The Fellowship Fund is pleased to announce that Jeff Frank, Assistant Professor in the Education Department at St. Lawrence University, has received a research fellowship for two successive academic years, 2018-2019 and 2019-2020. Frank’s book project will explore Miller’s philosophy of education in the context of John Dewey’s work in the same field. “John William Miller, unlike Dewey, is someone dedicated to the conservation and renewal of the liberal arts, and he is far more responsive to Socrates, than he is to calls to make education a science,” Frank stated. “I will make the case that Miller has the potential to offer a stronger defense of the liberal arts than Dewey—in part, because he dedicated his life to teaching at a liberal arts college, becoming an exceptional teacher in the process—and, by putting Miller into conversation with Dewey, we are also able to see some limitations of Dewey’s educational thought in relation to the liberal arts while drawing out Miller’s unique contributions to philosophy of education.”
For further information on research fellowships, including details pertaining to funding available and the process of making an application, is presented on this website.
What’s New in the Fellowship Committee
The John William Miller Fellowship Fund Committee recently welcomed a new member: Jonathan Miller, Director of Libraries at Williams College. The addition of Miller (no relation to John William Miller) compensates for the retirement of David Pilachowski, now former Director of Libraries at Williams, and so maintains a strong presence of library professionals on the Fellowship Committee. We are grateful to have him on the Committee.
There is also other sad news concerning the Committee: Paul J. W. Miller (1928-2018), son of John William Miller, recently passed away. (An obituary appeared in association with his funeral, and I expect there to be a memorial minute in the APA Proceedings.) Paul was a member of the Fund Committee from its inception in 1978 and provided useful and demanding evaluations on fellowship proposals. Processor emeritus of Philosophy at the University of Colorado, Boulder, he was the author of four articles that appeared in the prestigious Journal of the History of Philosophy, and he was the co-translator of Pico della Mirandola’s On the Dignity of Man (Hackett, 1998). In 1978, upon his retirement from UC Boulder, Paul moved to Rome and it was only in 2014 that, for reasons of failing health, that he moved back to the States. From time to time he would still chime in, via hand-written letter, on the business of the Fund. Those letters will be missed, as will his guidance and this last immediate connection to John William Miller himself.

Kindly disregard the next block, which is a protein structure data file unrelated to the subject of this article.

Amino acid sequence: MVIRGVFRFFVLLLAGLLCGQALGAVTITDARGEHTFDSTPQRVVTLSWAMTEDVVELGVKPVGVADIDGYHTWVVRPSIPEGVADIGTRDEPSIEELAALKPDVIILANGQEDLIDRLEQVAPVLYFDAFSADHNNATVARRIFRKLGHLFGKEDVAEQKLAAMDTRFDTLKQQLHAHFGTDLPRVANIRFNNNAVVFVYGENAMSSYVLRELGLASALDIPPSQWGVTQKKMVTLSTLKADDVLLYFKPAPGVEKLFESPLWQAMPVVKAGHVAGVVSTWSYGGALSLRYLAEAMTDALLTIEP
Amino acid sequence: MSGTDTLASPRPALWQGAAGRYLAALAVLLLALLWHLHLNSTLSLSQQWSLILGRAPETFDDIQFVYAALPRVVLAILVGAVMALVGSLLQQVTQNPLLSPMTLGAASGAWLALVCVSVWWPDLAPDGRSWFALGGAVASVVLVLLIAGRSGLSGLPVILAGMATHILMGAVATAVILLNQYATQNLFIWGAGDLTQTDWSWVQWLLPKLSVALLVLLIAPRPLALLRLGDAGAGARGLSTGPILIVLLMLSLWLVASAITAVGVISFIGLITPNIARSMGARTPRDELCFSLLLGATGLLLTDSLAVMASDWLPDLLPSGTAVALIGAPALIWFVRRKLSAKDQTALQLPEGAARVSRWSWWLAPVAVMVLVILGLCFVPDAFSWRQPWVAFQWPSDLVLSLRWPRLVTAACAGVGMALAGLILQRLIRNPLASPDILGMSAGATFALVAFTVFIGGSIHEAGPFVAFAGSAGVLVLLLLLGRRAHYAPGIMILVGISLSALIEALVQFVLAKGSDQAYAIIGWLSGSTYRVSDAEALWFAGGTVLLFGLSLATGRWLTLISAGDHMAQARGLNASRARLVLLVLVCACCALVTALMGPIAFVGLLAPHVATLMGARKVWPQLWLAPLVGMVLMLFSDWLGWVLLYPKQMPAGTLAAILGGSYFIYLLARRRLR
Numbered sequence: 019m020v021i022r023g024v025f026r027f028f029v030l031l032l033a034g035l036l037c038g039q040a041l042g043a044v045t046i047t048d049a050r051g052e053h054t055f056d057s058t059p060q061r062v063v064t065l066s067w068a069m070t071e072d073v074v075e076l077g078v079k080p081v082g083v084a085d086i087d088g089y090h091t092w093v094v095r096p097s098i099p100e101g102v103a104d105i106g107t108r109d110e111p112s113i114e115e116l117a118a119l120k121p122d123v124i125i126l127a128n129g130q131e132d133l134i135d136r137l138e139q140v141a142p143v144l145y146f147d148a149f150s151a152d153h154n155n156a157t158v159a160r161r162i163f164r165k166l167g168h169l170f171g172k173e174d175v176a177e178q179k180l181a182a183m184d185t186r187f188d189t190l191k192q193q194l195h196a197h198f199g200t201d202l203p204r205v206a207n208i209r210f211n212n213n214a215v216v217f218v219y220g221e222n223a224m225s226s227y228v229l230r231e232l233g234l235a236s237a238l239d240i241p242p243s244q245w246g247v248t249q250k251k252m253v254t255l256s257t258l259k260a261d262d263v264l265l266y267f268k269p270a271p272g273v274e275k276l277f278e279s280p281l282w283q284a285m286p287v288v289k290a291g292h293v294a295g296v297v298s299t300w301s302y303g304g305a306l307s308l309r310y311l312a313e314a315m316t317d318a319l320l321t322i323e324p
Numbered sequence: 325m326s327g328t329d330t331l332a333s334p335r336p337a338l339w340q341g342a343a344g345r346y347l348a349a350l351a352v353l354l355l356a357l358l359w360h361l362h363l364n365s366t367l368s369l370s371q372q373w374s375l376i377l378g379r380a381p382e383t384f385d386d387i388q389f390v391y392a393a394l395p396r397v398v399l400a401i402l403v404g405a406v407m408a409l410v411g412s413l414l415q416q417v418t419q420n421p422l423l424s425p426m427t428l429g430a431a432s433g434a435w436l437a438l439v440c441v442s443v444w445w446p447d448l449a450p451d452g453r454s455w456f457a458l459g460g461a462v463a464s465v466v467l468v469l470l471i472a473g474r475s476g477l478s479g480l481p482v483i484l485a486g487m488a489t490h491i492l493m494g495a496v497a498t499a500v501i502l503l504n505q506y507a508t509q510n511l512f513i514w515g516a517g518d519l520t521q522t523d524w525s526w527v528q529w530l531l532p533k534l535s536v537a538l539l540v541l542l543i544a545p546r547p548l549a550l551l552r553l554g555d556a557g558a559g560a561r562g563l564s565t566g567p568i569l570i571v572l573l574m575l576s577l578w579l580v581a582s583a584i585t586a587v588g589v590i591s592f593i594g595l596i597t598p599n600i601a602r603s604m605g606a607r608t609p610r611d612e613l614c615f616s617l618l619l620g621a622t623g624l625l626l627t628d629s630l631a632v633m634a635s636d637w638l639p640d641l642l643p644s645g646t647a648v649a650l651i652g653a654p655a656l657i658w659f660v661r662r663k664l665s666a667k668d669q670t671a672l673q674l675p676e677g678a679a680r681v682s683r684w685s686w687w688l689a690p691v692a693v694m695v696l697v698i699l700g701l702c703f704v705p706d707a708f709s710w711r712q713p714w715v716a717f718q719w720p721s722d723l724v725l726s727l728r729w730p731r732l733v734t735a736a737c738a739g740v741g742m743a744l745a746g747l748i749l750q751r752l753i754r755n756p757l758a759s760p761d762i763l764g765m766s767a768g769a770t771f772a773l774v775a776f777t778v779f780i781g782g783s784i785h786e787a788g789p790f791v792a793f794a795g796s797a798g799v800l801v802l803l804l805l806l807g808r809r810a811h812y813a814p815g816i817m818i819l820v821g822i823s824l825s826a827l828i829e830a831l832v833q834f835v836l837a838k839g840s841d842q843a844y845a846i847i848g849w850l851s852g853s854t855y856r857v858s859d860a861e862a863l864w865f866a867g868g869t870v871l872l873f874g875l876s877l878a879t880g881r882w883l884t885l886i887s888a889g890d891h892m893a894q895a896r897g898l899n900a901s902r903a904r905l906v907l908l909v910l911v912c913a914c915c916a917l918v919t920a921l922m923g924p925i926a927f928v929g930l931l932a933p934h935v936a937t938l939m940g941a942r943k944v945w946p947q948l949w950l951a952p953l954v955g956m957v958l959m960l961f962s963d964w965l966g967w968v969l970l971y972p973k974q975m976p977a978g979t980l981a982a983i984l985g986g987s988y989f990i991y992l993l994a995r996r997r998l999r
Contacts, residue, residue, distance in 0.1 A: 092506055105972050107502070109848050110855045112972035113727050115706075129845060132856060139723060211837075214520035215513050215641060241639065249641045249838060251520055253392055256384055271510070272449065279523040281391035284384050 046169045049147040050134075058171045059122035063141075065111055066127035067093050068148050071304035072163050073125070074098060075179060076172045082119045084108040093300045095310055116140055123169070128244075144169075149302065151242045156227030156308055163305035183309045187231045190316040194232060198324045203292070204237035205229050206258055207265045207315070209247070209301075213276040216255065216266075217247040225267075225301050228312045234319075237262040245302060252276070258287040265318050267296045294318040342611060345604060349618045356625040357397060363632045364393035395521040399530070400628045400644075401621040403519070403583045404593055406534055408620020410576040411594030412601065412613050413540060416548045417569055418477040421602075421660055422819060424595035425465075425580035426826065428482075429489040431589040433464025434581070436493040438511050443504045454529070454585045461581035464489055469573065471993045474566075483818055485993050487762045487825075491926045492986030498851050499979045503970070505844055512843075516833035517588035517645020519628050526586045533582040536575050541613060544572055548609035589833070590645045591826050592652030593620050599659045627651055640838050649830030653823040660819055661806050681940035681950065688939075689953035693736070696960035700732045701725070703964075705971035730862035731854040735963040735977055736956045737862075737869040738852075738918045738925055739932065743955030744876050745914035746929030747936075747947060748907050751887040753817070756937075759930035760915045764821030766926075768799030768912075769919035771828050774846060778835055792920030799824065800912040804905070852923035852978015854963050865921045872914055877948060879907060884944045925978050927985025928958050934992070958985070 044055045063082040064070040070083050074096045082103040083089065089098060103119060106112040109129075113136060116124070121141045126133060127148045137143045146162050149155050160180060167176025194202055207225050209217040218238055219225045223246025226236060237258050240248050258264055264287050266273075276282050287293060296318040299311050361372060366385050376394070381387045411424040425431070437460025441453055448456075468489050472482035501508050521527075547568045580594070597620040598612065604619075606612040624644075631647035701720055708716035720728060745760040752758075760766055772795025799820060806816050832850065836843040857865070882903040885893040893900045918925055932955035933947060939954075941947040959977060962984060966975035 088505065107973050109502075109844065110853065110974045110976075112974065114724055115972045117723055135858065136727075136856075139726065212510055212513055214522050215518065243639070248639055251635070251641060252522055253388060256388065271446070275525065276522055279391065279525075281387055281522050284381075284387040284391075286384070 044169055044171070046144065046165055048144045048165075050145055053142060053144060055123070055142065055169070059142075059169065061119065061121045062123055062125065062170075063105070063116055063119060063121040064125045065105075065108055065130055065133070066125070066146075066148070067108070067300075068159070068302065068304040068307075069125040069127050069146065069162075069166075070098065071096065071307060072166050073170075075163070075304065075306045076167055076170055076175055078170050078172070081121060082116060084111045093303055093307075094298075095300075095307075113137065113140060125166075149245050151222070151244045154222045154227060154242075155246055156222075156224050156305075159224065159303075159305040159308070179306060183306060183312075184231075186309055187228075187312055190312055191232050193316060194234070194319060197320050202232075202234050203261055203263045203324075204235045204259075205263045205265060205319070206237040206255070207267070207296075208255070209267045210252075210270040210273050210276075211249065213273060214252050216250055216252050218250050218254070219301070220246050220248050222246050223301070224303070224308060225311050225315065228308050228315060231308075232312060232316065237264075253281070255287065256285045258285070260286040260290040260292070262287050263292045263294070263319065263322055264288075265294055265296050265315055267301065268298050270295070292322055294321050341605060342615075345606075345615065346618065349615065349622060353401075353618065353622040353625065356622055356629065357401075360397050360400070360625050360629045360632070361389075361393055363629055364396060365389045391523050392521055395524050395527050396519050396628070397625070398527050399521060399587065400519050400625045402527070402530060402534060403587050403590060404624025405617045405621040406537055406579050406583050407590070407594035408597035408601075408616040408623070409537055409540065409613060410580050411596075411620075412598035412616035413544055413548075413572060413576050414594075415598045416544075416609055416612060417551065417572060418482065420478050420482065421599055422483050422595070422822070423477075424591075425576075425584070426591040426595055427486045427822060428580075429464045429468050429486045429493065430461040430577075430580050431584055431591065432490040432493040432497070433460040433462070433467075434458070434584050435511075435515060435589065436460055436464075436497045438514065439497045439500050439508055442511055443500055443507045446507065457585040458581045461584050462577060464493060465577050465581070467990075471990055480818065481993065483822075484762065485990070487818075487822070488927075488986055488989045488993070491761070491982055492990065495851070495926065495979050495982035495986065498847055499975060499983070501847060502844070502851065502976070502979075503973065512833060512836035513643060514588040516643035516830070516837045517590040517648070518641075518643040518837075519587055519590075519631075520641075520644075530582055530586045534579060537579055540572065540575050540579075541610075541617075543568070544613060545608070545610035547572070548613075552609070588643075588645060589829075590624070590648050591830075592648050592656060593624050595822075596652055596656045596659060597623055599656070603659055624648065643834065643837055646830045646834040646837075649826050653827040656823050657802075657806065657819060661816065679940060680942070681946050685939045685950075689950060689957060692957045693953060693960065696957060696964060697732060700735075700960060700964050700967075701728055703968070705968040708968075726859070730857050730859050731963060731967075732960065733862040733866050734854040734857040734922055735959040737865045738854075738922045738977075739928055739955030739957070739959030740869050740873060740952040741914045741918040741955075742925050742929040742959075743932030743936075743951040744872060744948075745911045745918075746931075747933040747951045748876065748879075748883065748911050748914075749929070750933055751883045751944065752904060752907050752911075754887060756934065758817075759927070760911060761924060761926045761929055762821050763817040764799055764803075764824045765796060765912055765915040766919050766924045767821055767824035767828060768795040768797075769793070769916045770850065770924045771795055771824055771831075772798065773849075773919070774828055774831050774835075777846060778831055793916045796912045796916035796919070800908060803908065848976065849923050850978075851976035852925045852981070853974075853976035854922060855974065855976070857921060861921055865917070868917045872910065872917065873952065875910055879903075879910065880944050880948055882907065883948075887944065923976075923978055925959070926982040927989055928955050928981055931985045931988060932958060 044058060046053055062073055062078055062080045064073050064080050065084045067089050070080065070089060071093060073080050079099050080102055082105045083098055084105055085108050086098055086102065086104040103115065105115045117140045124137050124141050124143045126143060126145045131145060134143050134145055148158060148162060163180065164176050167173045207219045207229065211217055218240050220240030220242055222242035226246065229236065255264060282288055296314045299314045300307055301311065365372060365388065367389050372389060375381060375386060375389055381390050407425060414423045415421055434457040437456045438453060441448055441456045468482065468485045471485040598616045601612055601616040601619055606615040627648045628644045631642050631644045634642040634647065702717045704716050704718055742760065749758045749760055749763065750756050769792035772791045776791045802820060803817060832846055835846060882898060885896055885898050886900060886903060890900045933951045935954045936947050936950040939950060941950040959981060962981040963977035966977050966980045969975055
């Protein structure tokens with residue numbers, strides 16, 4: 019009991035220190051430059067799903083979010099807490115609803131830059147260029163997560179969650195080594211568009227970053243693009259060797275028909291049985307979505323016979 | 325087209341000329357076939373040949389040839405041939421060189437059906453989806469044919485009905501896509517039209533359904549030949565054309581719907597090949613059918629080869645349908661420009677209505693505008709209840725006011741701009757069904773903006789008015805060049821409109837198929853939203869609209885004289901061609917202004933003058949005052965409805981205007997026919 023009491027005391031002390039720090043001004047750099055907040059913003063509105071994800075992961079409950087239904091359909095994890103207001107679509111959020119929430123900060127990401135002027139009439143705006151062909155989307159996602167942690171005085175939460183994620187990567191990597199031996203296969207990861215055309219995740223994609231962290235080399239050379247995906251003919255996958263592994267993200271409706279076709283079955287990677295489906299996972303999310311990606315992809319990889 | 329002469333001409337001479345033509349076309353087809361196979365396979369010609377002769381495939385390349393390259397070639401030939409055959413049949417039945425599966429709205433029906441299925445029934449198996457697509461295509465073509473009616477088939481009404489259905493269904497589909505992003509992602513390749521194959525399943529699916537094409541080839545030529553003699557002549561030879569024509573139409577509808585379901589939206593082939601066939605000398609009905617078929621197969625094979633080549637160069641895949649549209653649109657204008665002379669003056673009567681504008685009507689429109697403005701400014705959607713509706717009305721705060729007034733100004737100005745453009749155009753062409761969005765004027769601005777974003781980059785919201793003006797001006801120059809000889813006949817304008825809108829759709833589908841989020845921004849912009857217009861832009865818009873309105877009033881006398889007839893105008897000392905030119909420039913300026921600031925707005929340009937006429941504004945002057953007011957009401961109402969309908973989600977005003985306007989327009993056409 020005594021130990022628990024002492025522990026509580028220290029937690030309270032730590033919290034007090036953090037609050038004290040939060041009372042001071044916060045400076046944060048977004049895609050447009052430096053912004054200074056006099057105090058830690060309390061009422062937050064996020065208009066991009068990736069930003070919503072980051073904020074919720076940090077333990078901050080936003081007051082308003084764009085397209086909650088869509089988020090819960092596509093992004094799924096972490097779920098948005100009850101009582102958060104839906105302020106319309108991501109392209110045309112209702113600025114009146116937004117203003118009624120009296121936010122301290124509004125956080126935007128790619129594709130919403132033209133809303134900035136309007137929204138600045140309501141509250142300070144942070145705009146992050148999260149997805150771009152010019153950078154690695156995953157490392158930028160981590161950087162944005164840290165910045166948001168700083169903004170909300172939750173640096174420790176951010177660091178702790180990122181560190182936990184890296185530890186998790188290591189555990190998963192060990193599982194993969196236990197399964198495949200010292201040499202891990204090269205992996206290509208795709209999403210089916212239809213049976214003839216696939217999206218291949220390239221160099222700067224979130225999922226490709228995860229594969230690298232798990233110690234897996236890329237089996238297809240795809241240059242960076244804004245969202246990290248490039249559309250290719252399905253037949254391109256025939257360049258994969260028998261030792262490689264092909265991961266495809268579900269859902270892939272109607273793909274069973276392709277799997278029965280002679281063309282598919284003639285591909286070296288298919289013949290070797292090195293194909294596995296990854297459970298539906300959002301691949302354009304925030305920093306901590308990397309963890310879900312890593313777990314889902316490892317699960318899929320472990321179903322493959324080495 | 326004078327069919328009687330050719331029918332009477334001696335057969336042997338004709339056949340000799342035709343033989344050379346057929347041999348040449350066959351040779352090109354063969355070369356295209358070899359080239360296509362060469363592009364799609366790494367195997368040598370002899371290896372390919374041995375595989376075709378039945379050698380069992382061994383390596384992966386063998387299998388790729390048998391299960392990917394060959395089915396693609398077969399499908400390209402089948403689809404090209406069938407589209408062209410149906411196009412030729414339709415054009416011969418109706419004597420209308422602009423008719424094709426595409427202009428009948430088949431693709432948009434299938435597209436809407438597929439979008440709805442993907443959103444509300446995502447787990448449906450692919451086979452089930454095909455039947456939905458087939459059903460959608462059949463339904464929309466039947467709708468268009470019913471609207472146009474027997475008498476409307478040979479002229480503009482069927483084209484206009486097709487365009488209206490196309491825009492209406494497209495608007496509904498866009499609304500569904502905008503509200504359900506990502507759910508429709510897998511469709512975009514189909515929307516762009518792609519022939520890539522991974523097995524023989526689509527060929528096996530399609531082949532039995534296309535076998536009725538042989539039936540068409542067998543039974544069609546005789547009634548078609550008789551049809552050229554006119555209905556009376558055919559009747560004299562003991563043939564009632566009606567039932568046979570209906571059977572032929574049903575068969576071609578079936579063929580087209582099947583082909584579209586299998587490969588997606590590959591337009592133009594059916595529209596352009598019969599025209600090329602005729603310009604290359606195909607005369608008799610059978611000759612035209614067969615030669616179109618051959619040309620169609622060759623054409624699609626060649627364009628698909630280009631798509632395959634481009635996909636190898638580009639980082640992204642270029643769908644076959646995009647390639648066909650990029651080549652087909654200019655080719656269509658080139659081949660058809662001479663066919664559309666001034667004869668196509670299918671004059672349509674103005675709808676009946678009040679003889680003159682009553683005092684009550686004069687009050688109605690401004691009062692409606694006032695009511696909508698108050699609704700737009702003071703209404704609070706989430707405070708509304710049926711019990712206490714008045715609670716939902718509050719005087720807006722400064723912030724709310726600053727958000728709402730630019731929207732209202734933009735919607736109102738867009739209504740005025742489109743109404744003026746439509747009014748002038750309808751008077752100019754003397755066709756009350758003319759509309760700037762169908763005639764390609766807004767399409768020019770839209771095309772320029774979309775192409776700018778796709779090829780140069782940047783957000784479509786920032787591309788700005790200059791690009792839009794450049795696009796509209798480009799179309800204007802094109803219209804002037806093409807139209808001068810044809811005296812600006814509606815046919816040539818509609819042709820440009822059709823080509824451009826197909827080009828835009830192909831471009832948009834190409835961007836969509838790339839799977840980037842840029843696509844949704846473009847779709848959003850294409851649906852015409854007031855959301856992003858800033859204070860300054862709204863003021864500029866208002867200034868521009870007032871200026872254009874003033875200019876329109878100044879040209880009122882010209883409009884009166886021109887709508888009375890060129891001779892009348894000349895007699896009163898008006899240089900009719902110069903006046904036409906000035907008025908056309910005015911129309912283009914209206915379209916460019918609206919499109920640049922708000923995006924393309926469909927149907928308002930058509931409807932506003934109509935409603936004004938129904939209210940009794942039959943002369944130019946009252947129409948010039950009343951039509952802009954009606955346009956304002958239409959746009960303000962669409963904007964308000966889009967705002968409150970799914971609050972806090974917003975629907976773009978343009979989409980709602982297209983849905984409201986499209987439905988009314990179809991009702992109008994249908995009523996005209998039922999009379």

What’s New in Print
“A Philosophy of Action with Richard J. Bernstein and John William Miller”
Katie Terezakis has a chapter offering a comparative account of Miller’s and Richard Bernstein’s philosophies of action in this 2016 volume, edited by Marcia Moran and Megan Craig, Richard J. Bernstein and the Expansion of American Philosophy: Thinking the Plural.
Commonplace Commitments: Thinking through the Legacy of Joseph P. Fell
In 2016, Bucknell University Press published a volume of essays, Commonplace Commitments: Thinking through the Legacy of Joseph P. Fell, edited by Peter S. Fosl, Michael J. McGandy, and Mark D. Moorman, examining the thought of Miller’s student Joseph Fell. Because Fell’s work has both reflected and directly addressed Miller’s philosophy, a substantial portion of the book bears on Millers thought. Essays by Vincent Colapietro, McGandy, Moorman, and Katie Terezakis are of particular interest. For specific references look on the Scholarship page.
What’s New Online
The spirit of John William Miller has taken to using Twitter and you can follow him at the handle @In_Re_Miller. The posts are mostly interesting quotes from Miller’s work, though tweets also concern news from the Fellowship Fund and updates on Miller scholarship.
Researchers and readers can now scan the finding guide to the Miller Papers online. (Click here to access the finding guide or go to the Web page of Archives and Special Collections at Williams College.) The find guide provides basic information on the contents of the archival collection including the titles of items, their date, and the basic subject matter addressed by each item. The online guide will be an invaluable aid to those planning their research or searching for an overlooked piece of writing.
What’s New in Presentations
At the 2017 meeting of the American Philosophical Association, Katie Terezakis presented a paper titled “The Persistence of Idealism: John William Miller on Tools, Regulative Ideas, and the Constraints of Immanence.”